Recently, while facilitating a Lean Healthcare Kaizen Event in which we focused on the Medical Imaging department of a mid-sized acute care facility, I learned the hard way, about a failure in my own facilitation approach. 

At the outset of every Kaizen Event, I spend a couple of hours introducing the participants to the fundamentals of Lean Healthcare.  One of the fundamentals is a thorough explanation of the types of waste.  Since the definitions of these eight types of waste are a bit unconventional in the healthcare environment, we spend a good bit of time ensuring that the participants know them well.  This understanding is a foundational building block for them as they learn to see the processes around them differently and identify improvement opportunities that they have, until now, been unaware of.

During this event, I followed the same model.  Assuming that the participants had a thorough understanding of the eight types of waste, we moved on to evaluating the current state of their processes.  We went to the Gemba and collected lots of meaningful data through observation.  Then, the participants began to identify the waste within their process.  One of the most obvious was the waste of “Defects” in the image quality that was captured during exposure.   Great!  Now we have an opportunity to improve the process.  But wait, one of the techs in the room is visibly upset by this characterization of “Defects”.  Her body language tells me that she is not on board with making this reduction in defects a high priority or even placing an emphasis on it during our current state mapping.  My facilitator intuition tells me that continuing down this path without consensus among the participants that defects are important focus area is certain to cause issues and dissention later.  So, I offer the group a chance to quantify the impact of defective images.  Still the upset participant is not convinced.  So, I ask her to help the group understand how she perceives the frequency of defective images. 

Fortunately, for me, she is willing to share with the group that she is deeply offended by the use of the term “defects”.  She takes ownership in her work and feels that she and her co-workers do the best job possible.  Ah!  A Breakthrough!  Now I know that I have not adequately communicated to this participant, and perhaps others, that when we use the term “Defect”, we are not pre-judging the cause of the defect.  We are simply identifying that the process is not delivering what the internal or external customer expects or needs.  It’s a completely safe term.  We know that when a defect occurs, there can be myriad root causes.  But, there seems to be a proclivity, particularly among folks in healthcare, to assume that the very next step is to blame the worker.  I then explained to the participants that in the practice of Lean Healthcare, the contrary is true.  We always look first to how the process failed the worker rather than how the worker failed.  With this understanding, my very upset participant found comfort and agreement that we could and should focus on the frequency of defects.  She now knows that we will look beyond the typical blame game and seek the root cause of defective images.  (She also did make a compelling argument for using a term other than “defect”.)

So, how should I, as one who facilitates Lean Healthcare events regularly, respond to this experience?  It is an opportunity for me to practice what I teach.  I will start with a simple, non-judgmental statement of the problem:  My explanation of the term “defect” did not yield the understanding of the term that my participant should expect and needed.  Simply put, my process of explaining the term “defect” yielded a defect.  So, now I am perfectly situated to respond to this defect with the problem solving tools that we use when applying Lean in Healthcare or any industry.  Fortunately, I have standard work for explaining the eight types of waste.  The process will begin with an assessment of whether I followed this standard work.  If so, then I will evaluate the effectiveness of the standard work and revise, if necessary.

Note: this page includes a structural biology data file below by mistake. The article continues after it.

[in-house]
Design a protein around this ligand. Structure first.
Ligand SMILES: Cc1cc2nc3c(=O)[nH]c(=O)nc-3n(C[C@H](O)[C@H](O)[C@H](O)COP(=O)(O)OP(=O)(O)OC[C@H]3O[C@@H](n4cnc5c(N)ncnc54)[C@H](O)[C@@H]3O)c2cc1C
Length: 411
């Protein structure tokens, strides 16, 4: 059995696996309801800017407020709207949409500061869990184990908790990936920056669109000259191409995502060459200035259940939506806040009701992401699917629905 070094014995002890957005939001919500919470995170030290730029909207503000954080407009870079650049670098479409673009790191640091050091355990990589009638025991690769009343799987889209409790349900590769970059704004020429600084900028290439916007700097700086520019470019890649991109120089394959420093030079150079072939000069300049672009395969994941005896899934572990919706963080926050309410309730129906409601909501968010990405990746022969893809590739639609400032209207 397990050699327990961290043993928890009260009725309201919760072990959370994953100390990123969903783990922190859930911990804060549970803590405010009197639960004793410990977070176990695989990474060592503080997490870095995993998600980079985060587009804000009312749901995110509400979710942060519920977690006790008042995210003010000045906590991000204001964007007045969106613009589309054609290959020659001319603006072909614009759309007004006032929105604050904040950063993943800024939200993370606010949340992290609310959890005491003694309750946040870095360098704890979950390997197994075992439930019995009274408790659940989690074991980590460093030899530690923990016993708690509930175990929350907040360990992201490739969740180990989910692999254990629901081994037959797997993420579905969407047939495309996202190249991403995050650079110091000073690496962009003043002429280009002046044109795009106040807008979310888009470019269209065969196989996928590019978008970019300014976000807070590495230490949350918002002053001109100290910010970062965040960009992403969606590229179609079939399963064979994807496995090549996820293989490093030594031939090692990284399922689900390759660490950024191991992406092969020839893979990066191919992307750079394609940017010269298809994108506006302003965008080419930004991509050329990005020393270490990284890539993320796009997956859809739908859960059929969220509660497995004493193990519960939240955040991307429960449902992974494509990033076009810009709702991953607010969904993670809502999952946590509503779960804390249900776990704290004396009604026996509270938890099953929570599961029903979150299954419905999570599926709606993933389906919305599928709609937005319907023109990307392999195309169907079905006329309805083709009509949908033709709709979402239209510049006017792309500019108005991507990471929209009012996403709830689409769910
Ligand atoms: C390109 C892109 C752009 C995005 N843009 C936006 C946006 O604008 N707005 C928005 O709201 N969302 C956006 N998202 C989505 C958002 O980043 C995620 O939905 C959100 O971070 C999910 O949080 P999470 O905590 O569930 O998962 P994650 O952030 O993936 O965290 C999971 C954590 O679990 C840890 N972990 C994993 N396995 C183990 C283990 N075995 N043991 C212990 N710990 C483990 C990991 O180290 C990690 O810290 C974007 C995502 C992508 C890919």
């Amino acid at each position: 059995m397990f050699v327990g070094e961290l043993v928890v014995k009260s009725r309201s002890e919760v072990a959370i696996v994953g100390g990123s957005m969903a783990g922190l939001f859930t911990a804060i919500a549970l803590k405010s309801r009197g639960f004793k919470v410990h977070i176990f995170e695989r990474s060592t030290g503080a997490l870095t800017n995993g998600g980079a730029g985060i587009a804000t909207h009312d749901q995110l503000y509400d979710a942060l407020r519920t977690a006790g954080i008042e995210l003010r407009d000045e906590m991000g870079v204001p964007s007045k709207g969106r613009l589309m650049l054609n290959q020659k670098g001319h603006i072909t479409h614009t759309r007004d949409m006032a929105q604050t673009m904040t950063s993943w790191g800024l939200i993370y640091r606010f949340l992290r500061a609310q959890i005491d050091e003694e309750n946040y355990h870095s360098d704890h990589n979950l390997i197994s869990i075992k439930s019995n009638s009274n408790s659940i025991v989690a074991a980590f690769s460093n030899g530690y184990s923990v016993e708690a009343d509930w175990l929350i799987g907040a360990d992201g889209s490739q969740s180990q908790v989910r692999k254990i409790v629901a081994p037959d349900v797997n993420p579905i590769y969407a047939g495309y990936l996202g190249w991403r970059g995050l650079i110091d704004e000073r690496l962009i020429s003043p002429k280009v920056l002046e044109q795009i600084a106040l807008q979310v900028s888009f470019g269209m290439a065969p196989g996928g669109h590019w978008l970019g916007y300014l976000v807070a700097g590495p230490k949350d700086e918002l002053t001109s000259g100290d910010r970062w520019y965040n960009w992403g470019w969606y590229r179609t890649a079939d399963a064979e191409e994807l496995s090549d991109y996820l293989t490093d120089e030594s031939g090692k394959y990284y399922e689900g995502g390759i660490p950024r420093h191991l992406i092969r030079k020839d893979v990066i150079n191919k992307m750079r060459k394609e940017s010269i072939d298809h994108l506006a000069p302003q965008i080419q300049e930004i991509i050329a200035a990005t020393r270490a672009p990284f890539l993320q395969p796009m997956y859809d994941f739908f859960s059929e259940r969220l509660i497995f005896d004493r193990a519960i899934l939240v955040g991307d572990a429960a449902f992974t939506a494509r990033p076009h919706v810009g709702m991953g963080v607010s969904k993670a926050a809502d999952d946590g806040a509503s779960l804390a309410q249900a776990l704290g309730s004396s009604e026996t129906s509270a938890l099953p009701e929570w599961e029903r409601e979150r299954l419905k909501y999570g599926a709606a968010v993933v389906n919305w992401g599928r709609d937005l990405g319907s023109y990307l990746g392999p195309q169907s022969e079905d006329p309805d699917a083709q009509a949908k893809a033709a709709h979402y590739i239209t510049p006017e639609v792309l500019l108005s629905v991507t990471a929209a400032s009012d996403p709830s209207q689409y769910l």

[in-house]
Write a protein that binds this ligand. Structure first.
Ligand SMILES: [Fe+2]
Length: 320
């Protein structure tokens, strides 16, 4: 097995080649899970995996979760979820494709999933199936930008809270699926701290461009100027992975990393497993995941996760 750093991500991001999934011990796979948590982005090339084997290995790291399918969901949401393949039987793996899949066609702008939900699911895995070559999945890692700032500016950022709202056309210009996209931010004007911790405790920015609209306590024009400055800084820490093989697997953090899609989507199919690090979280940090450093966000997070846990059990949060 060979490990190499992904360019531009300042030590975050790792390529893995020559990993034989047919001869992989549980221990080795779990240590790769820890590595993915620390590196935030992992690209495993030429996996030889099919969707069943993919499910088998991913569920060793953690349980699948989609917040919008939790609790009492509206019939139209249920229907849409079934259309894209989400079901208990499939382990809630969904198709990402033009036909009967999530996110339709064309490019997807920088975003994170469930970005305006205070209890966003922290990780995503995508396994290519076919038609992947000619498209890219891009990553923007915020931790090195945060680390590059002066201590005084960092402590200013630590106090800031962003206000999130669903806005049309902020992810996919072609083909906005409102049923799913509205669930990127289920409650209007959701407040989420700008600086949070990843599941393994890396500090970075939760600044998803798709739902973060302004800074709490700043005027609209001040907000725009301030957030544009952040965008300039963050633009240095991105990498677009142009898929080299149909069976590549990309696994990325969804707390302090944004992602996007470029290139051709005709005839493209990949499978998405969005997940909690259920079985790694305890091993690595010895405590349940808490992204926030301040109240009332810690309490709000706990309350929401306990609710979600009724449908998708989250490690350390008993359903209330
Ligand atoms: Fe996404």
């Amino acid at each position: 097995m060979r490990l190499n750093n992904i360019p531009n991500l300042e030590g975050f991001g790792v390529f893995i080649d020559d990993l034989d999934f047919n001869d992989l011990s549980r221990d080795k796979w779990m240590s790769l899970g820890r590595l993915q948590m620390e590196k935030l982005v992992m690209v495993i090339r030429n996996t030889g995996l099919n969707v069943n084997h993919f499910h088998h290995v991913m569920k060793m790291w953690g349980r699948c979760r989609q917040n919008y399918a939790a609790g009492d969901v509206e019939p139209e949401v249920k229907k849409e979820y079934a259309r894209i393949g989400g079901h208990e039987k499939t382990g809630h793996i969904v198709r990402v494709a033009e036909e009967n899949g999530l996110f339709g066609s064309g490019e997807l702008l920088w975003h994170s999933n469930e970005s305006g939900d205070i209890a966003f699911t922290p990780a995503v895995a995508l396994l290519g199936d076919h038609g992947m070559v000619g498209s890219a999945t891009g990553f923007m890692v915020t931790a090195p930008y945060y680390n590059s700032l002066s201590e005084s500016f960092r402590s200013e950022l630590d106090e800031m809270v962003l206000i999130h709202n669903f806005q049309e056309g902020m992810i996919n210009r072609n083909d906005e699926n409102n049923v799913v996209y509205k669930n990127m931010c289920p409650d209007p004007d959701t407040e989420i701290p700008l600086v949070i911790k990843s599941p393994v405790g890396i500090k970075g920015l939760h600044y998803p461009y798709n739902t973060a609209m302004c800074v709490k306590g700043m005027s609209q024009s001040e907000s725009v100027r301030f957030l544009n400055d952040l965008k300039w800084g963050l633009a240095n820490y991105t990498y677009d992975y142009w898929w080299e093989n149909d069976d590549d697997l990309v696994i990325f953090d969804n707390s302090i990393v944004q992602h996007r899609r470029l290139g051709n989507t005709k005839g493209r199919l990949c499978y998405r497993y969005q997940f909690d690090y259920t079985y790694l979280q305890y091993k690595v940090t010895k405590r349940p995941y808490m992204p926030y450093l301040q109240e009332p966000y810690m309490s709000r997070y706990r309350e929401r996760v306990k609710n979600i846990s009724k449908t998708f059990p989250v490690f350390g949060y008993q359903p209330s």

Maybe in another blog posting, I’ll talk about how this turns out.  But for now, I need to get busy improving my facilitation processes. 

This week’s blog was written by Jeff Wilson. Throughout Jeff’s career, he has delivered and applied progressive management and process improvement tools to help organizations reach new levels of performance. The industries span from healthcare to manufacturing, financial consulting and accounting. His experience with Six Sigma and Lean goes back to the early days of his career while working with Colgate Palmolive. Jeff had the opportunity to use process improvement tools as a participant on project teams and was so impressed with the effectiveness of these tools he began to further develop his understanding of and expertise in the implementation and use of them.  Throughout his career as a front-line Supervisor, Materials Manager, Logistics Manager and Plant Manager, Jeff has used and championed the use of Lean tools to deliver exceptional results.  Most recently, Jeff served in a consultant role with the Manufacturing Extension Partnership where he had the opportunity to support other organizations as they seek to improve processes by implementing Lean.  He has developed Lean transformation plans, facilitated Kaizen events and developed training materials for numerous client companies. Jeff has a Bachelors Degree in Economics from Western Kentucky University.  He also holds a Certified in Production and Inventory Management (CPIM) designation.

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